Your browser is no longer supported

For the best possible experience using our website we recommend you upgrade to a newer version or another browser.

Your browser appears to have cookies disabled. For the best experience of this website, please enable cookies in your browser

We'll assume we have your consent to use cookies, for example so you won't need to log in each time you visit our site.
Learn more

Recycled water fails to whet Dubai appetite

Dubai's drive to reduce its carbon footprint may be limited by a local reluctance to drink recycled water, it was claimed this week.

MWH process manager for Europe, Middle East, Africa & India Richard Ratcliffe said Dubai was keen to find ways to re-use its water, but would fail to go as far as effluent reuse.

"Water comes from desalination, and it is typically used three times – for consumption, in cooling and finally for irrigation," said Ratcliffe.

Demand for water is growing at a staggering 15% per year in the Emirate and Ratcliffe added that Dubai's Al-Aweer waste water treatment plant, the only one in the Emirate, can cope for now, but demand will soon outstrip capacity.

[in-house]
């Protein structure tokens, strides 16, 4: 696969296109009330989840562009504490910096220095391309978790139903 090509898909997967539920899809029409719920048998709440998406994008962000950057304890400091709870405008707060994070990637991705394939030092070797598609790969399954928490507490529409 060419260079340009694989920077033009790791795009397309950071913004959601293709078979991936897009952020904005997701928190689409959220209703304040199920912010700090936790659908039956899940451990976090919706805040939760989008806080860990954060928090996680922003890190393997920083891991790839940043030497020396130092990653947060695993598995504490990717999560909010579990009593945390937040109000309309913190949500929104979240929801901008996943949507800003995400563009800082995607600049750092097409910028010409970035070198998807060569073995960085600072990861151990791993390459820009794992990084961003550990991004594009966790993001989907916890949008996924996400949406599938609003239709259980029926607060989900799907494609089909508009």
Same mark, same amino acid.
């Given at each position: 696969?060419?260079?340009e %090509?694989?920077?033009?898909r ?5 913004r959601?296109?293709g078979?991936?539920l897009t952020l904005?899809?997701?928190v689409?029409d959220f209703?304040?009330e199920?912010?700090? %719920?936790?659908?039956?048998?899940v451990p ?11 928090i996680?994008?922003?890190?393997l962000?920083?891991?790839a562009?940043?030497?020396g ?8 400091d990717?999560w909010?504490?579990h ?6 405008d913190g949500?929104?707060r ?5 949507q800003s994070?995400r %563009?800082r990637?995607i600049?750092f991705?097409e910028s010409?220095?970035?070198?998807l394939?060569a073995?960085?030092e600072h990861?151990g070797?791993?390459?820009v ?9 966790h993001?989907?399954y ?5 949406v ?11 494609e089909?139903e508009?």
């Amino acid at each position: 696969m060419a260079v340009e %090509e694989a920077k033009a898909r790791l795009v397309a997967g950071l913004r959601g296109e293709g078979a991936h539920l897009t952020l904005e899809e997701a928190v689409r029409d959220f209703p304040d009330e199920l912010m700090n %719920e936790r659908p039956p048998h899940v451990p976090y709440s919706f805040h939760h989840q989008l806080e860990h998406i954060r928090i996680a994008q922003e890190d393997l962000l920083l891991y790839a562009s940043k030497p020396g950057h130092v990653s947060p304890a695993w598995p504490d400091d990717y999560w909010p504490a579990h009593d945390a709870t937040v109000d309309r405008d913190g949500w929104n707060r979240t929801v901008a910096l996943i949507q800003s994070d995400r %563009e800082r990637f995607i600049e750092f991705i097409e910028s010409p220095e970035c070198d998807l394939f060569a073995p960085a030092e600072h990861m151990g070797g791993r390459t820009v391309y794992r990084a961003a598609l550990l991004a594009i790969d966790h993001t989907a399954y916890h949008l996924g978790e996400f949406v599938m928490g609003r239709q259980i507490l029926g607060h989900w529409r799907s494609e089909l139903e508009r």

"The plant has 260M litres underlying capacity, with some spare for now," said Ratcliffe.

"It is looking at two extensions. The first for 75M litres, and another contract will be let for a further 80ML."

A second 300ML treatment plant is under construction ready for operation in three years time.

Ratcliffe said the greenest option was to strive for Indirect Potable Reuse.

With this, waste is processed into drinking water, but the process had so far been considered culturally unacceptable in Dubai.

This is despite a growing awareness of sustainability issues in the Emirate (News last week).

Have your say

You must sign in to make a comment

Please remember that the submission of any material is governed by our Terms and Conditions and by submitting material you confirm your agreement to these Terms and Conditions. Please note comments made online may also be published in the print edition of New Civil Engineer. Links may be included in your comments but HTML is not permitted.